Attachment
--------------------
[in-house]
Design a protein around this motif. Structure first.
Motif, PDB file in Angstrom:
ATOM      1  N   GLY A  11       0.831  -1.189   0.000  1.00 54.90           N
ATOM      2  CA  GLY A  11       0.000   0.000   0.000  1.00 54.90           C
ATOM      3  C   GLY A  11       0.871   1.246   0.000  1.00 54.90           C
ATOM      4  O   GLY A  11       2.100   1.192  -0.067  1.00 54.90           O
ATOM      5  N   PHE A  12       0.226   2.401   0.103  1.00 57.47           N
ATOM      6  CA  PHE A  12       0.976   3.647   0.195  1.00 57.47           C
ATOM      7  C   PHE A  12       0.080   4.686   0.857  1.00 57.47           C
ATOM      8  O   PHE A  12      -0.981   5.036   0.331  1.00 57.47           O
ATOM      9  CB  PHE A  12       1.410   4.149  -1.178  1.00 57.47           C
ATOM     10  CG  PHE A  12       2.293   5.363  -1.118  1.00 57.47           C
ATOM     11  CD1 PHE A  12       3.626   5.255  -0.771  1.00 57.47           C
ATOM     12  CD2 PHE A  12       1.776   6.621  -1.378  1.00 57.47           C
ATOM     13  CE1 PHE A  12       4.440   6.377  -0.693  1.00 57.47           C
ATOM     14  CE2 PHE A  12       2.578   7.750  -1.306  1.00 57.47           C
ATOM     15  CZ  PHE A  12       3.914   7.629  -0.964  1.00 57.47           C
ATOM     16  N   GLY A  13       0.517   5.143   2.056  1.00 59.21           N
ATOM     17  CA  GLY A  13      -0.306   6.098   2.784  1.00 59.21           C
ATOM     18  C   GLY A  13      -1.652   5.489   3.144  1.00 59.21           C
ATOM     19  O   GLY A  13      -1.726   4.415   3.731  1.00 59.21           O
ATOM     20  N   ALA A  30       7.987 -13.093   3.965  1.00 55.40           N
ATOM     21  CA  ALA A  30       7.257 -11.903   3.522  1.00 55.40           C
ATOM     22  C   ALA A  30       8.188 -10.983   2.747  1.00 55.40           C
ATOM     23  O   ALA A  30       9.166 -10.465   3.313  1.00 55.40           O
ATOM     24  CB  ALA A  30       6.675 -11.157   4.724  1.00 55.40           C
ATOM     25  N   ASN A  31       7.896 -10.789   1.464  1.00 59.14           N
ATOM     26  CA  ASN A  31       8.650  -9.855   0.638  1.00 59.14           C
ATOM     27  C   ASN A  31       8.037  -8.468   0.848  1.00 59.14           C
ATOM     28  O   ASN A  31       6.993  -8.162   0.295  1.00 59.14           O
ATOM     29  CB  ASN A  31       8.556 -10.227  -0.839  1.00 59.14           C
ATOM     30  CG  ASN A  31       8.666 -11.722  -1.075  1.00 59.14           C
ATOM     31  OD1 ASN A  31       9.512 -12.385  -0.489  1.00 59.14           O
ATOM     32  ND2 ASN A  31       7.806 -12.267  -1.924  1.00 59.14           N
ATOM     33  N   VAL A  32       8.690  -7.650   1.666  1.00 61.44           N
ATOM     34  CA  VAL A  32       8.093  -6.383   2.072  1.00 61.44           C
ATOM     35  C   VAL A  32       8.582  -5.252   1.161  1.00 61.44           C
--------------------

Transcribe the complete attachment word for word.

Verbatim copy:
[in-house]
Design a protein around this motif. Structure first.
Motif, PDB file in Angstrom:
ATOM      1  N   GLY A  11       0.831  -1.189   0.000  1.00 54.90           N
ATOM      2  CA  GLY A  11       0.000   0.000   0.000  1.00 54.90           C
ATOM      3  C   GLY A  11       0.871   1.246   0.000  1.00 54.90           C
ATOM      4  O   GLY A  11       2.100   1.192  -0.067  1.00 54.90           O
ATOM      5  N   PHE A  12       0.226   2.401   0.103  1.00 57.47           N
ATOM      6  CA  PHE A  12       0.976   3.647   0.195  1.00 57.47           C
ATOM      7  C   PHE A  12       0.080   4.686   0.857  1.00 57.47           C
ATOM      8  O   PHE A  12      -0.981   5.036   0.331  1.00 57.47           O
ATOM      9  CB  PHE A  12       1.410   4.149  -1.178  1.00 57.47           C
ATOM     10  CG  PHE A  12       2.293   5.363  -1.118  1.00 57.47           C
ATOM     11  CD1 PHE A  12       3.626   5.255  -0.771  1.00 57.47           C
ATOM     12  CD2 PHE A  12       1.776   6.621  -1.378  1.00 57.47           C
ATOM     13  CE1 PHE A  12       4.440   6.377  -0.693  1.00 57.47           C
ATOM     14  CE2 PHE A  12       2.578   7.750  -1.306  1.00 57.47           C
ATOM     15  CZ  PHE A  12       3.914   7.629  -0.964  1.00 57.47           C
ATOM     16  N   GLY A  13       0.517   5.143   2.056  1.00 59.21           N
ATOM     17  CA  GLY A  13      -0.306   6.098   2.784  1.00 59.21           C
ATOM     18  C   GLY A  13      -1.652   5.489   3.144  1.00 59.21           C
ATOM     19  O   GLY A  13      -1.726   4.415   3.731  1.00 59.21           O
ATOM     20  N   ALA A  30       7.987 -13.093   3.965  1.00 55.40           N
ATOM     21  CA  ALA A  30       7.257 -11.903   3.522  1.00 55.40           C
ATOM     22  C   ALA A  30       8.188 -10.983   2.747  1.00 55.40           C
ATOM     23  O   ALA A  30       9.166 -10.465   3.313  1.00 55.40           O
ATOM     24  CB  ALA A  30       6.675 -11.157   4.724  1.00 55.40           C
ATOM     25  N   ASN A  31       7.896 -10.789   1.464  1.00 59.14           N
ATOM     26  CA  ASN A  31       8.650  -9.855   0.638  1.00 59.14           C
ATOM     27  C   ASN A  31       8.037  -8.468   0.848  1.00 59.14           C
ATOM     28  O   ASN A  31       6.993  -8.162   0.295  1.00 59.14           O
ATOM     29  CB  ASN A  31       8.556 -10.227  -0.839  1.00 59.14           C
ATOM     30  CG  ASN A  31       8.666 -11.722  -1.075  1.00 59.14           C
ATOM     31  OD1 ASN A  31       9.512 -12.385  -0.489  1.00 59.14           O
ATOM     32  ND2 ASN A  31       7.806 -12.267  -1.924  1.00 59.14           N
ATOM     33  N   VAL A  32       8.690  -7.650   1.666  1.00 61.44           N
ATOM     34  CA  VAL A  32       8.093  -6.383   2.072  1.00 61.44           C
ATOM     35  C   VAL A  32       8.582  -5.252   1.161  1.00 61.44           C